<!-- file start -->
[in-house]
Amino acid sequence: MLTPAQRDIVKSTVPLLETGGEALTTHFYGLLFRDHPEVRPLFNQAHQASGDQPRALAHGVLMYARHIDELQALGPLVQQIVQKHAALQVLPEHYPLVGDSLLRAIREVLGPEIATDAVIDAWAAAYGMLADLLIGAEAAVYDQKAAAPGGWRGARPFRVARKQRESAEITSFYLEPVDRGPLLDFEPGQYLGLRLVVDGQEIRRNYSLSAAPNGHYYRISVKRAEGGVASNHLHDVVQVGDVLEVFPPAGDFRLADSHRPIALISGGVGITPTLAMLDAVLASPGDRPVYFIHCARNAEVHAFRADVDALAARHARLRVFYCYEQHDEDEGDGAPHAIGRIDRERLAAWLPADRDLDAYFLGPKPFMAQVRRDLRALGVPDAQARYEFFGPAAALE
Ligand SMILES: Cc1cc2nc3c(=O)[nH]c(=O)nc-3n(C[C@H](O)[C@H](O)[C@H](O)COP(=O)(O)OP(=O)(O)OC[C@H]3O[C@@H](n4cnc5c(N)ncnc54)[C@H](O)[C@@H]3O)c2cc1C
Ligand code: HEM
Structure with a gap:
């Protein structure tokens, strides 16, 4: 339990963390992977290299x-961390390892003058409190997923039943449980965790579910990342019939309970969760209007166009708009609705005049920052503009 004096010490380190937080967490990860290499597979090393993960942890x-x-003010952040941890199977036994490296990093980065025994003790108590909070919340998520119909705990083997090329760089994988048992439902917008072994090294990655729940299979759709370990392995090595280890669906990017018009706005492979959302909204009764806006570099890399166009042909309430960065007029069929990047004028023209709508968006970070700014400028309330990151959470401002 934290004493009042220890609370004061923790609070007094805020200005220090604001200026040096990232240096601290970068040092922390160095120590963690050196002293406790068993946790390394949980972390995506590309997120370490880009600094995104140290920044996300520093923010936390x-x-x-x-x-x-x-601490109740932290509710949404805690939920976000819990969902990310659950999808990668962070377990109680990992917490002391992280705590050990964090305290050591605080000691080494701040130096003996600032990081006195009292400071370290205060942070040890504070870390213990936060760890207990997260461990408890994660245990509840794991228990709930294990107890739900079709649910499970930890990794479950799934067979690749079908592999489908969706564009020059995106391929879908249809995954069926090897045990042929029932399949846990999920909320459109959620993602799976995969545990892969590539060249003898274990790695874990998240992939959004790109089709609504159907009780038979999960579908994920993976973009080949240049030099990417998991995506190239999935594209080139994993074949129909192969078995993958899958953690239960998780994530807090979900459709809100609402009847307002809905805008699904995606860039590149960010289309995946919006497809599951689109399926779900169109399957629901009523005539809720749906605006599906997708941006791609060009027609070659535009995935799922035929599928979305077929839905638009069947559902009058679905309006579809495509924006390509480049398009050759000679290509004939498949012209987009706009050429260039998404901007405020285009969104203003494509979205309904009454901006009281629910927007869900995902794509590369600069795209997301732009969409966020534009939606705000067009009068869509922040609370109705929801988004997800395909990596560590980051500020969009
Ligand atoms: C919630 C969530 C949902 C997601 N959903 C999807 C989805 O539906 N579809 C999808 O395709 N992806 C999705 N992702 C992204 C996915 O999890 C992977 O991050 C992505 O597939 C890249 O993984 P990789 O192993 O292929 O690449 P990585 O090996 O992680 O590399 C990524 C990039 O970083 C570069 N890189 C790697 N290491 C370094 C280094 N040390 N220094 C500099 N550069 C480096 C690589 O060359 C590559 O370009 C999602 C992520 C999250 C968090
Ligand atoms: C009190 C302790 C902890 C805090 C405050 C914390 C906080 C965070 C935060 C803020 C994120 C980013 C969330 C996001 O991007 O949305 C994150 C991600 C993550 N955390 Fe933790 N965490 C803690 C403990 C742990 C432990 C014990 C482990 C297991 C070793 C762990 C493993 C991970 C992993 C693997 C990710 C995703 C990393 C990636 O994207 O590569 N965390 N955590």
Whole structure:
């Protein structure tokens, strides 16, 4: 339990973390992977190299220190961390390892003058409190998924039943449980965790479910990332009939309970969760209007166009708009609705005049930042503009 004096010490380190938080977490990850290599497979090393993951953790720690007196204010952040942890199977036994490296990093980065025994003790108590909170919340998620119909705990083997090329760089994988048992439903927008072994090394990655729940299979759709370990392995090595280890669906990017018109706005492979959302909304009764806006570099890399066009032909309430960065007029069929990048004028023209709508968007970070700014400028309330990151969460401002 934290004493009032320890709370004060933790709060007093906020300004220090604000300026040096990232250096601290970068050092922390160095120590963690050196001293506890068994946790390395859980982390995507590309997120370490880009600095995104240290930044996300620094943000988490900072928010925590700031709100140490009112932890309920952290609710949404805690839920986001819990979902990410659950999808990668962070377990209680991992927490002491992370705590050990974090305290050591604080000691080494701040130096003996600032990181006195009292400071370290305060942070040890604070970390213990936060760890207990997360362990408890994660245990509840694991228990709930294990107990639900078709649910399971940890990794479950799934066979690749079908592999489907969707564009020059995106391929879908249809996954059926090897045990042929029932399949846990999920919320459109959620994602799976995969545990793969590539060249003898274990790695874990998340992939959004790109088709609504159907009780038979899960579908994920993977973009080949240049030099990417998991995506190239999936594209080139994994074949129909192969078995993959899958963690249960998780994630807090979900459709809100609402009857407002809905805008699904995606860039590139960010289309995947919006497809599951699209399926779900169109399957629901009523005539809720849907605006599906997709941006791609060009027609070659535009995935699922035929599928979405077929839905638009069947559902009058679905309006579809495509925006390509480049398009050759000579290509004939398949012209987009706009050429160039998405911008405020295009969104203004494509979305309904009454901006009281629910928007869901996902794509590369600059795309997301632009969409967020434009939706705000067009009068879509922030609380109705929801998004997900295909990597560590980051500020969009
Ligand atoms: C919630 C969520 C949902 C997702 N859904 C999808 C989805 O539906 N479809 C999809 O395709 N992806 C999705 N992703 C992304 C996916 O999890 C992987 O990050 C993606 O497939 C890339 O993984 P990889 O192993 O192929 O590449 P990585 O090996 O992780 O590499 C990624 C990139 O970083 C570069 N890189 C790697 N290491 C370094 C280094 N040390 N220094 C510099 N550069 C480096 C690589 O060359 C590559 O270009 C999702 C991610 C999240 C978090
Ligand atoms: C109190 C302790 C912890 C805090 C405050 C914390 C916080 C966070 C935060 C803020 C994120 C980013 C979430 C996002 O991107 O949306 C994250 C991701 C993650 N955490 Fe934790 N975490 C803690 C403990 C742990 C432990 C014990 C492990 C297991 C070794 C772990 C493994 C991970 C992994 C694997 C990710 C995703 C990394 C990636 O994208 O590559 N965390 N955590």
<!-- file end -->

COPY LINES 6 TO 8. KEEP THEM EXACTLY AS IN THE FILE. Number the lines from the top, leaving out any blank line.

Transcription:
């Protein structure tokens, strides 16, 4: 339990963390992977290299x-961390390892003058409190997923039943449980965790579910990342019939309970969760209007166009708009609705005049920052503009 004096010490380190937080967490990860290499597979090393993960942890x-x-003010952040941890199977036994490296990093980065025994003790108590909070919340998520119909705990083997090329760089994988048992439902917008072994090294990655729940299979759709370990392995090595280890669906990017018009706005492979959302909204009764806006570099890399166009042909309430960065007029069929990047004028023209709508968006970070700014400028309330990151959470401002 934290004493009042220890609370004061923790609070007094805020200005220090604001200026040096990232240096601290970068040092922390160095120590963690050196002293406790068993946790390394949980972390995506590309997120370490880009600094995104140290920044996300520093923010936390x-x-x-x-x-x-x-601490109740932290509710949404805690939920976000819990969902990310659950999808990668962070377990109680990992917490002391992280705590050990964090305290050591605080000691080494701040130096003996600032990081006195009292400071370290205060942070040890504070870390213990936060760890207990997260461990408890994660245990509840794991228990709930294990107890739900079709649910499970930890990794479950799934067979690749079908592999489908969706564009020059995106391929879908249809995954069926090897045990042929029932399949846990999920909320459109959620993602799976995969545990892969590539060249003898274990790695874990998240992939959004790109089709609504159907009780038979999960579908994920993976973009080949240049030099990417998991995506190239999935594209080139994993074949129909192969078995993958899958953690239960998780994530807090979900459709809100609402009847307002809905805008699904995606860039590149960010289309995946919006497809599951689109399926779900169109399957629901009523005539809720749906605006599906997708941006791609060009027609070659535009995935799922035929599928979305077929839905638009069947559902009058679905309006579809495509924006390509480049398009050759000679290509004939498949012209987009706009050429260039998404901007405020285009969104203003494509979205309904009454901006009281629910927007869900995902794509590369600069795209997301732009969409966020534009939606705000067009009068869509922040609370109705929801988004997800395909990596560590980051500020969009
Ligand atoms: C919630 C969530 C949902 C997601 N959903 C999807 C989805 O539906 N579809 C999808 O395709 N992806 C999705 N992702 C992204 C996915 O999890 C992977 O991050 C992505 O597939 C890249 O993984 P990789 O192993 O292929 O690449 P990585 O090996 O992680 O590399 C990524 C990039 O970083 C570069 N890189 C790697 N290491 C370094 C280094 N040390 N220094 C500099 N550069 C480096 C690589 O060359 C590559 O370009 C999602 C992520 C999250 C968090
Ligand atoms: C009190 C302790 C902890 C805090 C405050 C914390 C906080 C965070 C935060 C803020 C994120 C980013 C969330 C996001 O991007 O949305 C994150 C991600 C993550 N955390 Fe933790 N965490 C803690 C403990 C742990 C432990 C014990 C482990 C297991 C070793 C762990 C493993 C991970 C992993 C693997 C990710 C995703 C990393 C990636 O994207 O590569 N965390 N955590």